However, non-traditional usage of the word has been around at least since the 1950s, introduced through beat and jazz culture. The beatnik character Maynard G. Krebs (Bob Denver) in the popular Dobie Gillis TV series of 1959-1963 brought the expression to prominence; this was reinforced in later decades by the character of Shaggy on Scooby Doo (who was based on Krebs). A very early use of this locution can be seen in a New Yorker cartoon of 15 September 1928, in which two young ladies are discussing a man's workplace: "What's he got - an awfice?" "No, he's got like a loft."

It is also used in the 1962 novel A Clockwork Orange by the narrator as part of his teenage slang and in the Top Cat cartoon series from 1961 to 1962 by the jazz beatnik type characters.

A common eye dialect spelling is lyk.

See Fleischman (1998) for a similar discourse particle in French.

Examples[edit]

Like can be used in much the same way as "um..." or "er..." as a discourse particle. It has become common especially among North American teenagers to use the word "like" in this way; see Valspeak, discourse marker, and speech disfluency):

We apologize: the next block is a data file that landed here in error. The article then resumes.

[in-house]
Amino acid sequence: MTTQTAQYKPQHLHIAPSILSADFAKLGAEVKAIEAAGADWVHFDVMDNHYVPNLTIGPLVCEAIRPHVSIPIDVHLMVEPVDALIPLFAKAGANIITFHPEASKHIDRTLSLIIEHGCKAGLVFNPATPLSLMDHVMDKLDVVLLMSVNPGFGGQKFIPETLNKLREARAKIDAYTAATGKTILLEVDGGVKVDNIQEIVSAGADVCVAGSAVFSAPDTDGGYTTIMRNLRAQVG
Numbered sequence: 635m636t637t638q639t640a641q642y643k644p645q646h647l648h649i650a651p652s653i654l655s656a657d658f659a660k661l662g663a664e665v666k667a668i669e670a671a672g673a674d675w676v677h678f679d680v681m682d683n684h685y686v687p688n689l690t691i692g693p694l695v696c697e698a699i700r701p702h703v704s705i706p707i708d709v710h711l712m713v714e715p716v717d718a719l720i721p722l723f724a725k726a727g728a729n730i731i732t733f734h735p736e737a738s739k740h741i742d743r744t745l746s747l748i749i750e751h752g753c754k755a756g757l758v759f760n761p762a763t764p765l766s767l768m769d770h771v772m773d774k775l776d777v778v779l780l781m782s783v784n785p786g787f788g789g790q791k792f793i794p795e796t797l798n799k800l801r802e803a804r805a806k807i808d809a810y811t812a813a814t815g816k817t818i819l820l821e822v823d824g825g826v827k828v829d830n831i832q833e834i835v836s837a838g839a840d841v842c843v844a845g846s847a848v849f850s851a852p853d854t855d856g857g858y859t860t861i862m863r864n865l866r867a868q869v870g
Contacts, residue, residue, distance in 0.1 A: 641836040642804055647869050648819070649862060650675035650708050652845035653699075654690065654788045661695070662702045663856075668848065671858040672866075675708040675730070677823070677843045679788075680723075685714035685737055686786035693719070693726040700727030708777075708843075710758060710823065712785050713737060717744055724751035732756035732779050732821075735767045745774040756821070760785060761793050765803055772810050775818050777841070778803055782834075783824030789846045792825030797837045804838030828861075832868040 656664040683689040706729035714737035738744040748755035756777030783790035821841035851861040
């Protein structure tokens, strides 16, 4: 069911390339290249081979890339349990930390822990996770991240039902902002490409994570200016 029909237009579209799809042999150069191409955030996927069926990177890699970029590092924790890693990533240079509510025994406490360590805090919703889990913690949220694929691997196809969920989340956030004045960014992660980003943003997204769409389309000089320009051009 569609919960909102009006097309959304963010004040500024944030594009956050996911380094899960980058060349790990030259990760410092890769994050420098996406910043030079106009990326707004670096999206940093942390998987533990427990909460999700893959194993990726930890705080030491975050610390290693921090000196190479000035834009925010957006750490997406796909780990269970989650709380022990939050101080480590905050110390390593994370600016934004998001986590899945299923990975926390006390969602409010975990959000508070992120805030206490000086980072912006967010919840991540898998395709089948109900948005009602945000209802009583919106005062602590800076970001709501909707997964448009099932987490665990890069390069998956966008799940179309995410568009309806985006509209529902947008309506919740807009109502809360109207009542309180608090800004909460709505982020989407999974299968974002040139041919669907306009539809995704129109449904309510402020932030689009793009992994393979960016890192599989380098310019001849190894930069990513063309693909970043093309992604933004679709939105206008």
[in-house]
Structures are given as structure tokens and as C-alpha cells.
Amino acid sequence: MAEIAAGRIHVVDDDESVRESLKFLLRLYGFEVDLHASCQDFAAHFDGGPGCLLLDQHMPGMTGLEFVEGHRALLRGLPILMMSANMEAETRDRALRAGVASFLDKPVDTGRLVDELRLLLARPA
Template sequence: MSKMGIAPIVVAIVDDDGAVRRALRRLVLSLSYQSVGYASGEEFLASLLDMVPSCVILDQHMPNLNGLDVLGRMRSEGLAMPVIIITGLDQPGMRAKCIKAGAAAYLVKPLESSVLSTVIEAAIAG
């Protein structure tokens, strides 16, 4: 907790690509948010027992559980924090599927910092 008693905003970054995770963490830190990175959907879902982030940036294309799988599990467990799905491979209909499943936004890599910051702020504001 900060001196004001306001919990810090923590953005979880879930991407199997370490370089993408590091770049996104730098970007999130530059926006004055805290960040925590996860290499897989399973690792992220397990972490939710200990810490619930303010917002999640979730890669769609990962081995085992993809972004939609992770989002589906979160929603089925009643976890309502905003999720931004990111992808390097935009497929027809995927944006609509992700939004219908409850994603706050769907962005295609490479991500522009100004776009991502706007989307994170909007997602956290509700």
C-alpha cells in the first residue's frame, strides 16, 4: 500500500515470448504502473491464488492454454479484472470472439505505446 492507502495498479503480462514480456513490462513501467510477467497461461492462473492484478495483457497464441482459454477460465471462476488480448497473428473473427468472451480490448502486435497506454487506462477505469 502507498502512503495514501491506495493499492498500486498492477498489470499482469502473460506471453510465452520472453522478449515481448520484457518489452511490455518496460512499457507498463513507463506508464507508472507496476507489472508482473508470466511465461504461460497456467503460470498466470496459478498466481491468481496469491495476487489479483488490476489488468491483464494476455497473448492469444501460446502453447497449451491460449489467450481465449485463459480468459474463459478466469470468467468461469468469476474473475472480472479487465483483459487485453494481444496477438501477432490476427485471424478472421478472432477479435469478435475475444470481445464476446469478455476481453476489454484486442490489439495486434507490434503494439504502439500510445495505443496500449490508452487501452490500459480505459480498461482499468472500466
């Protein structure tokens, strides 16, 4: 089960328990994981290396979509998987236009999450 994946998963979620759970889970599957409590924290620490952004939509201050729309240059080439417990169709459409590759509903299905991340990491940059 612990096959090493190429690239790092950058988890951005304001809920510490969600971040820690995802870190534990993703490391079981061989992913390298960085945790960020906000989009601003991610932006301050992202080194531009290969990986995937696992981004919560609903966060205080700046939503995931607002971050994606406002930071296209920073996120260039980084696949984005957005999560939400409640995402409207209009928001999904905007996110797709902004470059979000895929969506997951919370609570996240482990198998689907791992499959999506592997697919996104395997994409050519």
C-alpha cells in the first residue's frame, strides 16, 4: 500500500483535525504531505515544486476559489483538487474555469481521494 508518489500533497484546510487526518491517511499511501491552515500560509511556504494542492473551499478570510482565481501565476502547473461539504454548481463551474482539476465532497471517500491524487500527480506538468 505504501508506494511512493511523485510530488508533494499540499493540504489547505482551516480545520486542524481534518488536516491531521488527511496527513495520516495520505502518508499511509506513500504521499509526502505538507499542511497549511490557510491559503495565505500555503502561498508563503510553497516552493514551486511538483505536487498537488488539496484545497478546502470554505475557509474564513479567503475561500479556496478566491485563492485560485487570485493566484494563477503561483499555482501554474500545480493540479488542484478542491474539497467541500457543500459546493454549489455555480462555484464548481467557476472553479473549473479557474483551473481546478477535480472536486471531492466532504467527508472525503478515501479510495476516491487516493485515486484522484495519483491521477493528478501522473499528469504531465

• I, like, don't know what to do.

It is also becoming more often used (Northern England and Hiberno-English in particular) at the end of a sentence, as an alternative to you know. This usage is sometimes considered to be a colloquial interjection and it implies a desire to remain calm and defuse tension:

  • I didn't say anything, like.
  • Just be cool, like.

Use of like as a filler is quite common in all varieties of spoken English. An example from R L Stevenson's 1886 novel Kidnapped:

What'll like be your business, mannie? (p 7)
'What's, like, wrong with him?' said she at last. (p 193)